“I have a plan.”
Jenna Blunt’s green eyes were bright with excitement as she spoke. She practically bounced when she entered the tiny living room a second before.
Hayley Denton frowned, tapping her pencil on her sketch notebook. “A plan for what?” she said.
“Oh you know,” Jenna said breezily as she walked over. “A plan for us to get the money for rent.”
Their apartment building had been sold to a developer a few months earlier. Their lease was ending in a month, but the developer had offered them a new one but at almost twice the rent. They couldn’t afford it, and were unable to find another one within a reasonable proximity to Jenna’s parents’ place. It was extremely important that Jenna be close by to her parents, as they required a lot of care and assistance in their advanced age. The only solution was to find the money to pay the rent somehow. That meant one or both of them getting second jobs, or new ones.
“Did you get a new job?” Hayley said. She herself hadn’t any luck finding part-time work. And it had to be part-time. She couldn’t afford to leave the job she already had.
Jenna gave a dismissive wave of her hand, before plopping down on a well-worn armchair. They’d picked it up off the street two years ago, where someone had abandoned it. “Nah,” she said. “I have something better.” She pointed her phone she was clutching to Hayley’s open laptop sitting on the coffee table. “You didn’t get my email, did you?”
“Huh?” Hayley felt a twinge of alarm. Jenna sent her an email? An actual old-fashioned email? Not Twitter or Facebook or any of a million other social media accounts she managed?
“Go on! Open it!” Jenna was bouncing in her seat. Obviously annoyed at her friend’s slowness in opening her email, she moved to sit beside Hayley on the couch.
“Okay, okay.” Hayley opened her email. “What’s this?”
“It’s an invite. I got it an hour ago. I’m allowed to bring a friend, although we have to pay for two tickets.”
“Sugar Rush?” Hayley scanned the email. It looked like some kind of party. For people looking for arrangements. “Is this a business networking thing?”
“No, no. It’s a party for sugar babies.” Jenna lowered her voice mysteriously. “And sugar daddies.”
“What?” Hayley almost shouted. She didn’t know what a sugar baby was. But a sugar daddy — she knew what that was.
Jenna nodded, ignoring her friend’s obvious alarm. “We’re going as sugar babies. Obviously.” She giggled. “I’m gonna get me a rich millionaire boyfriend.”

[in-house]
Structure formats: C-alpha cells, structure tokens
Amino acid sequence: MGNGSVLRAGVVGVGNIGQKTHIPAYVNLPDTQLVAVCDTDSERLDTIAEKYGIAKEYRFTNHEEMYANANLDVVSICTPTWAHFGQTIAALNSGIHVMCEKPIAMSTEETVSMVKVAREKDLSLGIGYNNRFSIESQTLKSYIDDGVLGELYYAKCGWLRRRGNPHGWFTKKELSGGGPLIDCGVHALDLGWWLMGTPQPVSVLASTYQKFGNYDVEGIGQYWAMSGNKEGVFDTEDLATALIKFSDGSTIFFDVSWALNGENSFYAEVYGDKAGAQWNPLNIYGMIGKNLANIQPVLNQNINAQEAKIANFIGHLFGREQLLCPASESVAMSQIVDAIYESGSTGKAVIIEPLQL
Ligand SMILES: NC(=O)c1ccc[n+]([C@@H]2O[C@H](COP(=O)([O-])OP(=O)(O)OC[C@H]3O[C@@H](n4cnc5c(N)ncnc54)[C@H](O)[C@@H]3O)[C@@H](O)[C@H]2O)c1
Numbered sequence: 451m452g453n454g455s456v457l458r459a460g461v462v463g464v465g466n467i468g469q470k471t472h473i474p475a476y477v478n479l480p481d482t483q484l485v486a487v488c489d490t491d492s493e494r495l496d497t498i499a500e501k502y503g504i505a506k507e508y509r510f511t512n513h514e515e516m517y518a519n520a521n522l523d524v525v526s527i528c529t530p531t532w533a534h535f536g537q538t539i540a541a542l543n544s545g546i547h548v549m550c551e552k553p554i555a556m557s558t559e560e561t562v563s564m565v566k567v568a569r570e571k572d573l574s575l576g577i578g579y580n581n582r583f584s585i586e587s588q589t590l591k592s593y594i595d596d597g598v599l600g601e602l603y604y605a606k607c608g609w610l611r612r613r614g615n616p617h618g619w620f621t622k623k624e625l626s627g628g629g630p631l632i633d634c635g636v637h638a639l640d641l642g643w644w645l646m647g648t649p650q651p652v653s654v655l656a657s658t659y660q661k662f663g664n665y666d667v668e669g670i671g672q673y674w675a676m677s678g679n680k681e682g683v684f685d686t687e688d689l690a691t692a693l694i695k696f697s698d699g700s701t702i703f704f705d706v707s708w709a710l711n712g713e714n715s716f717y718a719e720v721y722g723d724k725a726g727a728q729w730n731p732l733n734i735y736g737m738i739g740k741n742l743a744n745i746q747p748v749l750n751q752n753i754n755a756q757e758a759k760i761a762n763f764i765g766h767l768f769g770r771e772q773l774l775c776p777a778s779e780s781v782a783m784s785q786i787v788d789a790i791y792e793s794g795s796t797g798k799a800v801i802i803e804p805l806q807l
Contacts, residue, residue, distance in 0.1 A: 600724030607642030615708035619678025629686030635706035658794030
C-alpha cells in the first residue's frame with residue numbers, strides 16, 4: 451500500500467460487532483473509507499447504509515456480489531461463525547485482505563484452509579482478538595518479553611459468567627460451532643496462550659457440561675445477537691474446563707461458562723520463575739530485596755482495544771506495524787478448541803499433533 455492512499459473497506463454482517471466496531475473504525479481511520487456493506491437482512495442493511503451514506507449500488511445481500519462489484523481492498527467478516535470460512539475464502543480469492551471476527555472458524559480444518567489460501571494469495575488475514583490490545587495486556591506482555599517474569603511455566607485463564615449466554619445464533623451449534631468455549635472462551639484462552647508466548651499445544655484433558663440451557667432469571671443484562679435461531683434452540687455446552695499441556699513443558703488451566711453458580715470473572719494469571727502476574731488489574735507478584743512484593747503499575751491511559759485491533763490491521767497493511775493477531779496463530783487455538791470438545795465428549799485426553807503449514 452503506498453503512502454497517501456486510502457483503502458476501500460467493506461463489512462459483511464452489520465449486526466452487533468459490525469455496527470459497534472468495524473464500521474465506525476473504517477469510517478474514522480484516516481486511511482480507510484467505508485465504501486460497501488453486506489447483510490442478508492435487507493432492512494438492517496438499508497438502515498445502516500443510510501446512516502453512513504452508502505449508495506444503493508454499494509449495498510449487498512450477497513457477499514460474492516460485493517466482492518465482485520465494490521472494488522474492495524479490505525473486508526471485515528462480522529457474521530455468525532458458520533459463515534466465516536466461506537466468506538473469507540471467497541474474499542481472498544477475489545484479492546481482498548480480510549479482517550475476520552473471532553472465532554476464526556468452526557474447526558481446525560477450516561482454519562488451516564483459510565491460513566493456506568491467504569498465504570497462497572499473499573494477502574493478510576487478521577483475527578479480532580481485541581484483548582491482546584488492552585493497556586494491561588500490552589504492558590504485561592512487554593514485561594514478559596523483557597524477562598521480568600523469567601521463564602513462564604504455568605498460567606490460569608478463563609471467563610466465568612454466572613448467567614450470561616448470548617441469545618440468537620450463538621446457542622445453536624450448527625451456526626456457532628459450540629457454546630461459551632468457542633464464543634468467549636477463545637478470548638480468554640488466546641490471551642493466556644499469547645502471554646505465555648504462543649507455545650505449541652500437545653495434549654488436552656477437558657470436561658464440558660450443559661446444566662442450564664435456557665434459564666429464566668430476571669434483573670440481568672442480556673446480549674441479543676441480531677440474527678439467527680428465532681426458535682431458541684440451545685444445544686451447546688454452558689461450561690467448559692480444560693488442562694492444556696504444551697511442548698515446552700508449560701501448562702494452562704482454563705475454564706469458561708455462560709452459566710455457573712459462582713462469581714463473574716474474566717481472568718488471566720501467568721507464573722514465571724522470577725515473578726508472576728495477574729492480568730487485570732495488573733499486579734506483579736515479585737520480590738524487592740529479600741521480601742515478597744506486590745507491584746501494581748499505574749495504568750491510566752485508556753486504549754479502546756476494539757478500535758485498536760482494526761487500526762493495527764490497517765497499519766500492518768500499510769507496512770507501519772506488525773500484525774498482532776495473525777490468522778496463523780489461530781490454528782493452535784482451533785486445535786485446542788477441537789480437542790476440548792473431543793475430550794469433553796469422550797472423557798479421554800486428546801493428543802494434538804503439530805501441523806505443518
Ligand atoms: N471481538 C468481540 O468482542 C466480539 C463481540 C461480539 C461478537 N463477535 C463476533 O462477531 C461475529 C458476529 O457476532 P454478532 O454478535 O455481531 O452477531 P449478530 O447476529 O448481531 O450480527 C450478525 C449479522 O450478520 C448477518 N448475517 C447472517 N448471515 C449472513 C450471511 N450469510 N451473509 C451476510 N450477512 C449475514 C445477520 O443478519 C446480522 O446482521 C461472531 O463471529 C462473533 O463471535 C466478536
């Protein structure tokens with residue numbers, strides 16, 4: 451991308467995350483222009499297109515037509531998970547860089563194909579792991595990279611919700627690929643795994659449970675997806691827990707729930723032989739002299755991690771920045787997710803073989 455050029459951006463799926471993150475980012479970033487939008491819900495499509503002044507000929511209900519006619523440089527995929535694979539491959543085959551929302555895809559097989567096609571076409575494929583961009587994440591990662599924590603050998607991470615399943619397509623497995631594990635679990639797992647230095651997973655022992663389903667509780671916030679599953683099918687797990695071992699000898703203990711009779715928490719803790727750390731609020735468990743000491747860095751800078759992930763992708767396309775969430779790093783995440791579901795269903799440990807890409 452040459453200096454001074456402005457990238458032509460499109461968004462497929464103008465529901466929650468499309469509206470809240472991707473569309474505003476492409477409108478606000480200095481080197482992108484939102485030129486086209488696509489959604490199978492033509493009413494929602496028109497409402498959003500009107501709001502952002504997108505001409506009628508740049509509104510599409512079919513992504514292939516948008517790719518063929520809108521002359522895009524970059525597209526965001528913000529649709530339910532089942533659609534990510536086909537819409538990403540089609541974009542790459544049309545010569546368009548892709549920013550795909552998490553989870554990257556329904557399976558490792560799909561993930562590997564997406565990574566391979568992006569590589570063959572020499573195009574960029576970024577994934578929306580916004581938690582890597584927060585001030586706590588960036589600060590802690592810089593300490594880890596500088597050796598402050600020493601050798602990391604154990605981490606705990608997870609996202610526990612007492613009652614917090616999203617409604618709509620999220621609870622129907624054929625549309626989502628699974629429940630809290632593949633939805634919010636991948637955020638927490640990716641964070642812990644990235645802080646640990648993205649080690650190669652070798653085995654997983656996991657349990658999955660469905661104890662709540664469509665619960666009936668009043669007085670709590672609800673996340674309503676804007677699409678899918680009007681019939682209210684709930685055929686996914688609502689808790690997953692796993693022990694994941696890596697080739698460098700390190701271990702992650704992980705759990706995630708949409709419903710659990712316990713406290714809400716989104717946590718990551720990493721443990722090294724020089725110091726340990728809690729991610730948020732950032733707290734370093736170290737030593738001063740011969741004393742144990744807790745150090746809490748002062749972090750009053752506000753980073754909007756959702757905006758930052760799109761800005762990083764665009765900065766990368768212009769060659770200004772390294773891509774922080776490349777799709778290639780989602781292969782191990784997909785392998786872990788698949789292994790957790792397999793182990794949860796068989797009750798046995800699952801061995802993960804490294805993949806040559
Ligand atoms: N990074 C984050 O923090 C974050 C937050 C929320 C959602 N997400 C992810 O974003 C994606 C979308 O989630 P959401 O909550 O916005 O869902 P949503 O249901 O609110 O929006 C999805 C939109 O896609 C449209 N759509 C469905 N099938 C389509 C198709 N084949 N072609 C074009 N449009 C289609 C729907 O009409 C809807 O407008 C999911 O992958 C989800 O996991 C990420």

“You’ve got to be kidding me.” Hayley shook her head. “No way am I going to this. No way you are, either.”
“It’s practically prostitution, Jenna.”
Jenna held her hand up. “It’s called sex work, okay. The word ‘prostitute’ is a derogatory word created by men to uphold the patriarchy. Have some respect.”
“It’s doing something you don’t want to. For money.”
“You think I’m taking Carlton’s shit every day because I enjoy it?” Jenna threw up her hands. She worked as an assistant to a marketing executive Carlton Moore, a thoroughly unpleasant man who would work her sixteen hours a day if he could get away with it. “Most people hate their jobs. But they do it because they need to make rent.” She pointed a finger at Hayley’s laptop screen. “We need to make rent.”
Hayley frowned. The way her roommate was making sense was … unexpected. “But sweetie,” she said. “You really want to date an ugly old man for a few hundred dollars?”
“Ewwwww.” Jenna made a face. “God no. I’m getting a hot guy. Someone under thirty. Thirty-five at most. And I’m not getting out of bed for less than a thousand at least.” She giggled. “Or getting in bed.”
“Sure.” Hayley rolled her eyes. “A hot millionaire under thirty-five. I’m sure L.A. is just swimming with hundreds of men who fit that description.”
“I don’t need a hundred millionaires. I only need one.” Jenna unlocked her phone and pulled up a photo. She shoved her device in front of Hayley. “This one.”
Hayley caught her breath. Blond hair, razor-sharp cheekbones, smoldering blue eyes. The guy in the photo was gorgeous, she had to admit. All she could manage to say was, “Wow.”
“I know right?” Jenna pressed the phone to her chest. “Danny said he was going to the party.”
“You know him?” The man didn’t look familiar. Although Hayley wouldn’t be surprised if he was a film star or supermodel.
“I can’t believe you don’t know Reinheart Klatten. He’s worth almost half billion dollars. His mom owns a German company that makes airplanes.” The redhead had stars in her eyes. “He just broke up with Emma Stone a couple of weeks ago.”
At the name of the famous Hollywood actress, realization dawned on Hayley. “Oh my God. You think he’ll like you because …”
Jenna flicked the tip of her sleek ponytail. Her eyes twinkled confidently. “Except in my case the carpet actually matches the drapes.”
Hayley snorted a laugh. “If he’s as hot as that, I don’t think he needs to pay anyone to go out with him.” She got up. “You want dinner? I made some Cajun chicken and rice with the instant hot pot.”
“Danny says he’ll be there. He’s absolutely sure of it. Do you need help?”
“Nah, I got it.” She walked to the kitchen. When she checked, the chicken and rice was still warm. She started spooning the dish into two bowls. “Danny Stohl?” He was an old college friend of Jenna’s, and now was also Hayley’s friend. “How would he—”
“He works for the company that throws these parties,” Jenna said. “How do you think I got an invite? These things are super exclusive.”
“I’m not going, Jenna.”
“Yes you are!” Jenna said cheerfully.
Hayley walked over and handed her a bowl. “No.” She sat back down on the couch and picked up a fork. “Good luck snagging your German, though.”